From Wikipedia the free encyclopedia
Edward Jenner English scientist who developed the concept of vaccines.
A vaccine is a biological preparation that provides active acquired immunity to a particular infectious disease . A vaccine typically contains an agent that resembles a disease-causing microorganism and is often made from weakened or killed forms of the microbe, its toxins, or one of its surface proteins. The agent stimulates the body's immune system to recognize the agent as a threat, destroy it, and to further recognize and destroy any of the microorganisms associated with that agent that it may encounter in the future. Vaccines can be prophylactic (to prevent or ameliorate the effects of a future infection by a natural or "wild" pathogen), or therapeutic (to fight a disease that has already occurred, such as cancer).
The administration of vaccines is called vaccination. Vaccination is the most effective method of preventing infectious diseases; widespread immunity due to vaccination is largely responsible for the worldwide eradication of smallpox and the restriction of diseases such as polio, measles, and tetanus from much of the world. The effectiveness of vaccination has been widely studied and verified; for example, vaccines that have proven effective include the influenza vaccine, the HPV vaccine, and the chicken pox vaccine. The World Health Organization (WHO) reports that licensed vaccines are currently available for twenty-five different preventable infections.
The terms vaccine and vaccination are derived from Variolae vaccinae (smallpox of the cow), the term devised by Edward Jenner (who both developed the concept of vaccines and created the first vaccine) to denote cowpox. He used the phrase in 1798 for the long title of his Inquiry into the Variolae vaccinae Known as the Cow Pox, in which he described the protective effect of cowpox against smallpox. In 1881, to honor Jenner, Louis Pasteur proposed that the terms should be extended to cover the new protective inoculations then being developed.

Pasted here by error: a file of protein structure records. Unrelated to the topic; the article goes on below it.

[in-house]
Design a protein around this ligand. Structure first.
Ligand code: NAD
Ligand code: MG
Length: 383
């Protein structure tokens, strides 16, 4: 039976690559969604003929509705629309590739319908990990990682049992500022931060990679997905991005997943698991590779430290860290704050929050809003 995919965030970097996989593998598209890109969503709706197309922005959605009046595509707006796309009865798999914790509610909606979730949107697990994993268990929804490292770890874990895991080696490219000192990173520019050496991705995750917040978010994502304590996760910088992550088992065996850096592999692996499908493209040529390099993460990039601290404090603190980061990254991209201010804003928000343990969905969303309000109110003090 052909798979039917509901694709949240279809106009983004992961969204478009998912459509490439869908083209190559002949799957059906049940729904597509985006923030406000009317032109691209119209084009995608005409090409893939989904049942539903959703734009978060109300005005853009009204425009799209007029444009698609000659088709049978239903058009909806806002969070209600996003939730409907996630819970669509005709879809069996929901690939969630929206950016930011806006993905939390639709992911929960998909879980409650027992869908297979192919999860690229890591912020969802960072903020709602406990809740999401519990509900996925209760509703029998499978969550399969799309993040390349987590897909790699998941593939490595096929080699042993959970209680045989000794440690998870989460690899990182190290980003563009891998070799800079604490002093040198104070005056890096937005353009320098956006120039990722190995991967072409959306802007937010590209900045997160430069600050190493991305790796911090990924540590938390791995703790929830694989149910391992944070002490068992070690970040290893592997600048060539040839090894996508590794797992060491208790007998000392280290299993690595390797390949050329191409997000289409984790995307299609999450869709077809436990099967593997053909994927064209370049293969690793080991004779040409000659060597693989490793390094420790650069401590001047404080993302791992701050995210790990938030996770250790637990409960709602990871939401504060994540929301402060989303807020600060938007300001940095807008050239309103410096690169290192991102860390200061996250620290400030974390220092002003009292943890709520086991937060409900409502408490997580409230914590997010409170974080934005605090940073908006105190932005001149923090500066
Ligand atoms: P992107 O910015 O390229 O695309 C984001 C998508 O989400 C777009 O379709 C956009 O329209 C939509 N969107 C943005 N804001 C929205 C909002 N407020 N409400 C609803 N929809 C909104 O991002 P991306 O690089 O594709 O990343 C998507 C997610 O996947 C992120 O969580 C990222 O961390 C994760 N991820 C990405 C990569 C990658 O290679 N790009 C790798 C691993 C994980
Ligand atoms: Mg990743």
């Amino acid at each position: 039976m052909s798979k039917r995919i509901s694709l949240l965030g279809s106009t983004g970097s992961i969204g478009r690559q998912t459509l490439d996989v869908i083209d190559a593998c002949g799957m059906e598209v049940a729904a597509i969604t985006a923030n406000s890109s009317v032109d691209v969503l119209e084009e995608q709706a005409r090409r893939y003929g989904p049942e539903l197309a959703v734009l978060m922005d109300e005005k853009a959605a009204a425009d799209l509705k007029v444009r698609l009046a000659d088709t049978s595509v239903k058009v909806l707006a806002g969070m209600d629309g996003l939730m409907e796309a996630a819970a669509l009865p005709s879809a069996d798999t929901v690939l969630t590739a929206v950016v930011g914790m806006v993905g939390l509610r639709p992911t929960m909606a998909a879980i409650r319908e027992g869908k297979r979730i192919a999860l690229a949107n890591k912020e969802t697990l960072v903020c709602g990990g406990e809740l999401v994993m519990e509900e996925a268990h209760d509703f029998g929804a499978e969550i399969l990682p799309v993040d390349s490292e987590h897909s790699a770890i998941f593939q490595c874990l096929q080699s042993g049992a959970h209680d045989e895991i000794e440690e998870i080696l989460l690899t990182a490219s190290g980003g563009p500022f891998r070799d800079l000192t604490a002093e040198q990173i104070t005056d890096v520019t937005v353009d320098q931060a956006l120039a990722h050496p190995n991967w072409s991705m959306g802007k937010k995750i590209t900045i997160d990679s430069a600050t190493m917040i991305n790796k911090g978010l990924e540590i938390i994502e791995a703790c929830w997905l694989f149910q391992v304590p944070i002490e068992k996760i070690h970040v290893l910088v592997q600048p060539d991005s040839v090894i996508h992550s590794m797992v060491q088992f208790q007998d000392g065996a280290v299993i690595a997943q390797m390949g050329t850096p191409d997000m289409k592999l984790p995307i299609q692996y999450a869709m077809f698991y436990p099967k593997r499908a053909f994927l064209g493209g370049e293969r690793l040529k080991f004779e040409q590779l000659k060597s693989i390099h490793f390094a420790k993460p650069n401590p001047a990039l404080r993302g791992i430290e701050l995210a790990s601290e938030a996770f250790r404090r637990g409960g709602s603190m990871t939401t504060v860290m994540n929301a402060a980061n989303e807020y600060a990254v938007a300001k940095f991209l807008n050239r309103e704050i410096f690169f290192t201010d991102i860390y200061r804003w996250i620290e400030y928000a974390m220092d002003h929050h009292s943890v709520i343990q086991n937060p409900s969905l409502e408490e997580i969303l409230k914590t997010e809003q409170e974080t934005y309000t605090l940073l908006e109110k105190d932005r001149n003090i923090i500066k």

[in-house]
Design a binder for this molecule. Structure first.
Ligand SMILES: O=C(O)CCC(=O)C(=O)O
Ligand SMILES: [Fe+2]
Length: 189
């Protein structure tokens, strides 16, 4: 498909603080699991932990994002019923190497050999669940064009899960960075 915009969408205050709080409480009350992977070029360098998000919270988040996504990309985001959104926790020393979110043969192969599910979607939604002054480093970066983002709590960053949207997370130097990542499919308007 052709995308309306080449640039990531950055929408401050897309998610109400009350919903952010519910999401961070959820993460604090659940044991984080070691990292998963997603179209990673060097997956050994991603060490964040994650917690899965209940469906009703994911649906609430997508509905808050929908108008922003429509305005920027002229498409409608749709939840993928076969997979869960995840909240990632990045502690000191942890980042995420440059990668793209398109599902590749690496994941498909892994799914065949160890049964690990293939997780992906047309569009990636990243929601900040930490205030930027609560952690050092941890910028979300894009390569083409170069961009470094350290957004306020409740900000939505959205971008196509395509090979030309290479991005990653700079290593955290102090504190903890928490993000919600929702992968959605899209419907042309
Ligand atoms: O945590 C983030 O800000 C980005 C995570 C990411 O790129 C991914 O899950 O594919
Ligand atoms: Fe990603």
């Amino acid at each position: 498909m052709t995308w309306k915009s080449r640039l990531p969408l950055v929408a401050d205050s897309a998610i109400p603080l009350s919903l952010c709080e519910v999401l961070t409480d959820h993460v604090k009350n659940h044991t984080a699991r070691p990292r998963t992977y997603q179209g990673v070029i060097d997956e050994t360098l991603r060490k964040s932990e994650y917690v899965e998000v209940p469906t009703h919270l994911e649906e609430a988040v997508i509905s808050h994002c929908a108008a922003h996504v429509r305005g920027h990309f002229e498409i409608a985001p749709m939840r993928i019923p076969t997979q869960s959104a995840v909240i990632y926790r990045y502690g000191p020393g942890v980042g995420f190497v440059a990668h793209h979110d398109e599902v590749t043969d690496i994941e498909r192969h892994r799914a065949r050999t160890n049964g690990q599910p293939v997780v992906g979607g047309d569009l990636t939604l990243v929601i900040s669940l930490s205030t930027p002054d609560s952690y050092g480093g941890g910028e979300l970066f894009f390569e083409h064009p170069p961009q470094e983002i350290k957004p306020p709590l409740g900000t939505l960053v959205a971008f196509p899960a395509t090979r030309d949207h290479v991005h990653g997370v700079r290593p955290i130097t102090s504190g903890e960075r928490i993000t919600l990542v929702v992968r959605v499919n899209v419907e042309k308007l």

There is overwhelming scientific consensus that vaccines are a very safe and effective way to fight and eradicate infectious diseases. The immune system recognizes vaccine agents as foreign, destroys them, and "remembers" them. When the virulent version of an agent is encountered, the body recognizes the protein coat on the virus, and thus is prepared to respond, by first neutralizing the target agent before it can enter cells, and secondly by recognizing and destroying infected cells before that agent can multiply to vast numbers.
Limitations to their effectiveness, nevertheless, exist. Sometimes, protection fails because of vaccine-related failure such as failures in vaccine attenuation, vaccination regimes or administration or host-related failure due to host's immune system simply does not respond adequately or at all. Lack of response commonly results from genetics, immune status, age, health or nutritional status. It also might fail for genetic reasons if the host's immune system includes no strains of B cells that can generate antibodies suited to reacting effectively and binding to the antigens associated with the pathogen.
Even if the host does develop antibodies, protection might not be adequate; immunity might develop too slowly to be effective in time, the antibodies might not disable the pathogen completely, or there might be multiple strains of the pathogen, not all of which are equally susceptible to the immune reaction. However, even a partial, late, or weak immunity, such as a one resulting from cross-immunity to a strain other than the target strain, may mitigate an infection, resulting in a lower mortality rate, lower morbidity, and faster recovery.
The efficacy or performance of the vaccine is dependent on a number of factors:
- the disease itself (for some diseases vaccination performs better than for others)
- the strain of vaccine (some vaccines are specific to, or at least most effective against, particular strains of the disease)
- whether the vaccination schedule has been properly observed.